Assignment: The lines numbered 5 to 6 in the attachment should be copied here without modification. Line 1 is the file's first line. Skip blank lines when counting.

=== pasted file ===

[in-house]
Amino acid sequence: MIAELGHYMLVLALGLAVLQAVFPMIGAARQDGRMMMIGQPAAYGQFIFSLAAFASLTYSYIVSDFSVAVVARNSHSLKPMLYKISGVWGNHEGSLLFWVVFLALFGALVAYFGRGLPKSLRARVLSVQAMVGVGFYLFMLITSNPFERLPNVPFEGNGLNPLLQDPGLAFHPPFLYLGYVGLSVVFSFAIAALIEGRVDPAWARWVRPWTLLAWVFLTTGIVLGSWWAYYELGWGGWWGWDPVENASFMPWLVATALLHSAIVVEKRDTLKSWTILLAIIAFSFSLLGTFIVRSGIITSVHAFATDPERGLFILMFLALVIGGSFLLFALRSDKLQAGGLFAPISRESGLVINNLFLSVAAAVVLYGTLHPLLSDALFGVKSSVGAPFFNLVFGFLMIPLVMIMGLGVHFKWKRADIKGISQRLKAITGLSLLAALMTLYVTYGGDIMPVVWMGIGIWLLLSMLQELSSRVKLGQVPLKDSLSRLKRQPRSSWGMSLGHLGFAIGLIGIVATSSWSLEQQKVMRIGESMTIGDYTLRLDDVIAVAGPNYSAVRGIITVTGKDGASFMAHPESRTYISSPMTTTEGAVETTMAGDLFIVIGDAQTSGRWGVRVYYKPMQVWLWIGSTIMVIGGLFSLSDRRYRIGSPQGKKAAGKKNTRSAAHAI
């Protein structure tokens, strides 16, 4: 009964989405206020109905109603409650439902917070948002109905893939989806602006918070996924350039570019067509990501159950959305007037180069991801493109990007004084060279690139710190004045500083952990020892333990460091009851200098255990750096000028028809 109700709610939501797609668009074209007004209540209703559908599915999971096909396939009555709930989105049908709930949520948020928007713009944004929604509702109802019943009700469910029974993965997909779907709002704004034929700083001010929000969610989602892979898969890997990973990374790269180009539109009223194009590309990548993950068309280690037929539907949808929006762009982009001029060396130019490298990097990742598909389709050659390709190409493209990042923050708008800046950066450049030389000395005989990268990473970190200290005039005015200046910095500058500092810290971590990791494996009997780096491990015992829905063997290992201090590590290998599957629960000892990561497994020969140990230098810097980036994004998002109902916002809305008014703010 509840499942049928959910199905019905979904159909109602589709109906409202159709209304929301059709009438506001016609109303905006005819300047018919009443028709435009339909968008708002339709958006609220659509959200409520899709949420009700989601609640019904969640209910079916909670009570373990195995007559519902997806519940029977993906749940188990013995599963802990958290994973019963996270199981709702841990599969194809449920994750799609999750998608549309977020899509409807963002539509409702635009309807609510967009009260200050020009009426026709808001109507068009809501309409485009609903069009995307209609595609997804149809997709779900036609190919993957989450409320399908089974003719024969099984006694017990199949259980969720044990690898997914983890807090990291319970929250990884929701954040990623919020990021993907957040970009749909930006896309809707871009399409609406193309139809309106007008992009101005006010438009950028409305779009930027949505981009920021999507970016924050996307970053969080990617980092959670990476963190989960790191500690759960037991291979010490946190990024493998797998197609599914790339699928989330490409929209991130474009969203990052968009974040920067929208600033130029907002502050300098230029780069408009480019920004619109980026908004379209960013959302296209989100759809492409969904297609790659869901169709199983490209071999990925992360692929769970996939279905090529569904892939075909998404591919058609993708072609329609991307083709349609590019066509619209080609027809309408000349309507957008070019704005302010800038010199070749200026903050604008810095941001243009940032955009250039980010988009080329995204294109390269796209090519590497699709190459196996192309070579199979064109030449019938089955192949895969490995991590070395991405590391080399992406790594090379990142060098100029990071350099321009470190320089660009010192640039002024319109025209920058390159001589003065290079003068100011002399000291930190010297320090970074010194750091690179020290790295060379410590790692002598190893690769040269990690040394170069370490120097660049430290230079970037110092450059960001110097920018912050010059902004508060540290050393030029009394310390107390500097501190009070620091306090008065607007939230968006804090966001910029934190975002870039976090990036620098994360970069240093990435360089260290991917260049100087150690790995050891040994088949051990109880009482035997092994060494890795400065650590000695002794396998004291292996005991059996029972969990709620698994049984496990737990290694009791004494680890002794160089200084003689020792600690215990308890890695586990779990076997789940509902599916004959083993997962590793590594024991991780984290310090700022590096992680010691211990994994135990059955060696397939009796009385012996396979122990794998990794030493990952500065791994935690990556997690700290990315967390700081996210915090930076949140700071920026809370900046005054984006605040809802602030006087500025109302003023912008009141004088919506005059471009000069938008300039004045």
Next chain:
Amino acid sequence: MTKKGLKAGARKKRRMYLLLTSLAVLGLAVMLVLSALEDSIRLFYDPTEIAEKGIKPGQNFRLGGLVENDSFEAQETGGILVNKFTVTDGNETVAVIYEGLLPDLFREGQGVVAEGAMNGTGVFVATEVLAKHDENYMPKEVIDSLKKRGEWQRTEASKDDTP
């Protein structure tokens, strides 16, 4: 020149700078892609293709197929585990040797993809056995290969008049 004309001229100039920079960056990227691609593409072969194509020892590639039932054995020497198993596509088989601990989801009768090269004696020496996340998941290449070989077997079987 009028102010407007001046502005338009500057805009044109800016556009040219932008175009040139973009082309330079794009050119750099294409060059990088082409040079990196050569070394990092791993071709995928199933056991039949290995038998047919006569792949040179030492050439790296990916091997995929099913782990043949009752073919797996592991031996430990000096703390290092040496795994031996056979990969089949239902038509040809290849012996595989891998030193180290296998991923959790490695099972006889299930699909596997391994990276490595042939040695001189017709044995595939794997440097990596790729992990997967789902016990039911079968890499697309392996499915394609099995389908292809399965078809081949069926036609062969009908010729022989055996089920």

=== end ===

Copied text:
Amino acid sequence: MTKKGLKAGARKKRRMYLLLTSLAVLGLAVMLVLSALEDSIRLFYDPTEIAEKGIKPGQNFRLGGLVENDSFEAQETGGILVNKFTVTDGNETVAVIYEGLLPDLFREGQGVVAEGAMNGTGVFVATEVLAKHDENYMPKEVIDSLKKRGEWQRTEASKDDTP
């Protein structure tokens, strides 16, 4: 020149700078892609293709197929585990040797993809056995290969008049 004309001229100039920079960056990227691609593409072969194509020892590639039932054995020497198993596509088989601990989801009768090269004696020496996340998941290449070989077997079987 009028102010407007001046502005338009500057805009044109800016556009040219932008175009040139973009082309330079794009050119750099294409060059990088082409040079990196050569070394990092791993071709995928199933056991039949290995038998047919006569792949040179030492050439790296990916091997995929099913782990043949009752073919797996592991031996430990000096703390290092040496795994031996056979990969089949239902038509040809290849012996595989891998030193180290296998991923959790490695099972006889299930699909596997391994990276490595042939040695001189017709044995595939794997440097990596790729992990997967789902016990039911079968890499697309392996499915394609099995389908292809399965078809081949069926036609062969009908010729022989055996089920």